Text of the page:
Should Clinical Services Provided by Pharmacists be Compensated?


Acute and Subchronic Toxicity?of Teucrium polium Total Extract in Rats
Iranian Journal of Pharmaceutical Research (2007) 6 (1): 1-2
 

Copyright ? 2005 by School of Pharmacy
Shaheed Beheshti University of Medical Sciences and Health Services

Editorial

Should Clinical Services Provided by

Pharmacists be Compensated?

Fanak Fahimi

"? the great need is to look at pharmacy

from the point of view of the patient-that is,

unless we come up with something which deals with people,

not pharmacists, not research laboratories, not

physicians, not nurses, not drug store proprietors,

not the system, et cetera, we really have not added much?"

Millis, summarizing the first day of the Millis Commission?s

deliberations in September, 1973.

 

As this quotation shows, the problems currently confronting the pharmacy profession are not new. The profession, despite a dramatic realization, pharmacy needs to redefine itself as a patient-oriented profession. Pharmacy?s longstanding focus on product has continued throughout the last quarter of the 20th century.This is more apparent in countries like Iran where, pharmacy education is mostly basic science oriented.

In 2005, American College of Clinical Pharmacy (ACCP) defined clinical pharmacy as the "area of pharmacy concerned with the science and practice of rational medication use." Within this definition, it is stated that the discipline of clinical pharmacy relies on caring, standards, specialized knowledge, skill, and clinical decision making. Clinical pharmacists are practicing within this discipline and generate, disseminate, and apply new knowledge that contributes to improved health and quality of life.

Pharmacists are gradually changing professional services. At the present time, pharmacists are in an excellent position to expand their professional role by providing cost-effective clinical services. Several factors may act as a barrier to the acceptance of new roles, including lack of consensus regarding the professional goals; opposition to expand the pharmacist?s responsibilities beyond dispensing functions, lack of professional skill and/or confidence; work environments; lack of compensation for pharmacists? clinical services and underdevelopment of practitioners? interpersonal skills.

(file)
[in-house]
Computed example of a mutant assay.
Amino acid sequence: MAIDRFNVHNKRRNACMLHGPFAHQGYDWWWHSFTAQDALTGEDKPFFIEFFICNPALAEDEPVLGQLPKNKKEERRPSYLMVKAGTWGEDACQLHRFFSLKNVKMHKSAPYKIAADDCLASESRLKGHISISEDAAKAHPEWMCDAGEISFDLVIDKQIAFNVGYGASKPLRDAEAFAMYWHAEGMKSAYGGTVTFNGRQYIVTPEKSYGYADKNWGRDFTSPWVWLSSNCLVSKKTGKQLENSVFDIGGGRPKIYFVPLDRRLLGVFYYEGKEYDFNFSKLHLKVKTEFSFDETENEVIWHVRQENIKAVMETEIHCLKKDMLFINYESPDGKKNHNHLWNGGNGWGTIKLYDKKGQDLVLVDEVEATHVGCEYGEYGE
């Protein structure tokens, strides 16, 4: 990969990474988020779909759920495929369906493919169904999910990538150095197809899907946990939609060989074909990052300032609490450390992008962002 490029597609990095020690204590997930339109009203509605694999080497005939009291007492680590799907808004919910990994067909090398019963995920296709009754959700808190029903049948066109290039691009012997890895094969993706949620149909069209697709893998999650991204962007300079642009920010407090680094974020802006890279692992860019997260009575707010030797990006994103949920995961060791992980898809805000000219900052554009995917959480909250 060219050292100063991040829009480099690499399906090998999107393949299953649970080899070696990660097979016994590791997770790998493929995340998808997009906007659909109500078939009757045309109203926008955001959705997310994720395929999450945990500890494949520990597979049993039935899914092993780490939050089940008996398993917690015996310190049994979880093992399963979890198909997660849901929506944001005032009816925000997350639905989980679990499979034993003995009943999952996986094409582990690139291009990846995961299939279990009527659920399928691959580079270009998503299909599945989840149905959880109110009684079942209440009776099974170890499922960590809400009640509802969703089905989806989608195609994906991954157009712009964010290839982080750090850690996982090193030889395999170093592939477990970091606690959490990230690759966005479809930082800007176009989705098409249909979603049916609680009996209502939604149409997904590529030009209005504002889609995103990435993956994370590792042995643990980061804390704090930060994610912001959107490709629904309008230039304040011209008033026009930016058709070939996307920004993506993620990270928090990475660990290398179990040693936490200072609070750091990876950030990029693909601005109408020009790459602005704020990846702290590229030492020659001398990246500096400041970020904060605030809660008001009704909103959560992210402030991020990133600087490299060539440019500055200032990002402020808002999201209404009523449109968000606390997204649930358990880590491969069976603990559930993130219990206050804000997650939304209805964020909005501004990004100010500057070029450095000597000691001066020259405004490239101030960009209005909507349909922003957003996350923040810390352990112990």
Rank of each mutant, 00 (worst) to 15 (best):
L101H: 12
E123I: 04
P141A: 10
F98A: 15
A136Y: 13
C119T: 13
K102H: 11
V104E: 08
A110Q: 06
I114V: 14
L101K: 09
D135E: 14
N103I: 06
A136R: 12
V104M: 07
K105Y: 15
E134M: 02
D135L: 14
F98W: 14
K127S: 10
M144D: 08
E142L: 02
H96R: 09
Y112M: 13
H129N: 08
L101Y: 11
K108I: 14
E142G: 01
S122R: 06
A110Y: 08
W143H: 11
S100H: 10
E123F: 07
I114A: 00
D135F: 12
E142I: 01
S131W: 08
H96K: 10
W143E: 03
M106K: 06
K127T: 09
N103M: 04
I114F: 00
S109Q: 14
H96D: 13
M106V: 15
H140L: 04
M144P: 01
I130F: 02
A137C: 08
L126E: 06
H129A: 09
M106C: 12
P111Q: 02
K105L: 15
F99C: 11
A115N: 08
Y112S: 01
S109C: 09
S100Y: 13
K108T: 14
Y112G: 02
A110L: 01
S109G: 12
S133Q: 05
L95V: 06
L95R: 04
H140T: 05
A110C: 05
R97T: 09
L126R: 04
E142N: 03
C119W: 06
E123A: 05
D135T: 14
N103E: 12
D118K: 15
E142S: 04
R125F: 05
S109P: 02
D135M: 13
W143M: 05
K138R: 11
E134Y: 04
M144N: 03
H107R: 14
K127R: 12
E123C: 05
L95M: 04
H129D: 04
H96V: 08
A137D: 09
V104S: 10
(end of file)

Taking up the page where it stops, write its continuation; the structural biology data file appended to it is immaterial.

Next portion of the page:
The benefit of pharmacist involvement in outpatien and inpatien clinical activities has been well documented in the literature.

Involvement of a clinical pharmacist in inpatient care has been shown to reduce morbidity, mortality and healthcare costs. Never the less, clinical services provided by pharmacists are not compensated by third-party agencies ( insurance companies). The current low dispensing fees and the provision of extra patient centered services without compensation are economically untenable for most pharmacists. This may add to the present pharmaceutical care misconduct.

A perfect reimbursement mechanism is still not defined, particularly in the inpatient setting. The profession of pharmacy could develop a ctedential model similar to that used by the medical profession. Documentation of the interventions and services are approaches that can be used to justify compensation by pharmacists.

Other measures which can be used to facilitate reimbursement of the clinical services offered by pharmacists are identification of patient needs that require clinical pharmacy expertise, especially those that can reduce costs while maintaining efficacy; development of a patient safety program that will decrease hospitalization by preventing drug related morbidity and medication error. On the other hand, presentation of a written proposal to the hospital administration rate; presentation of the proposal to third-party agencies, preparation of reports on the progress of the program and finally generating reimbursement claims by defining billing codes for these services are provided by pharmacits as the other required steps that needs to be taken.

The financial side of healthcare will surely have an enormous effect on the future of many professions including clinical pharmacy. The importance will go on to be grounded in providing high-quality care at a sensible cost to both the patient and the healthcare system.

 

Dr. Fahimi is currently working as an assistant professor of clinical pharmacy, at the School of Pharmacy and Masih Daneshvari Hospital, Shaheed Beheshti University of Medical Sciences. She can be reached at fahimi@nritld.as.ir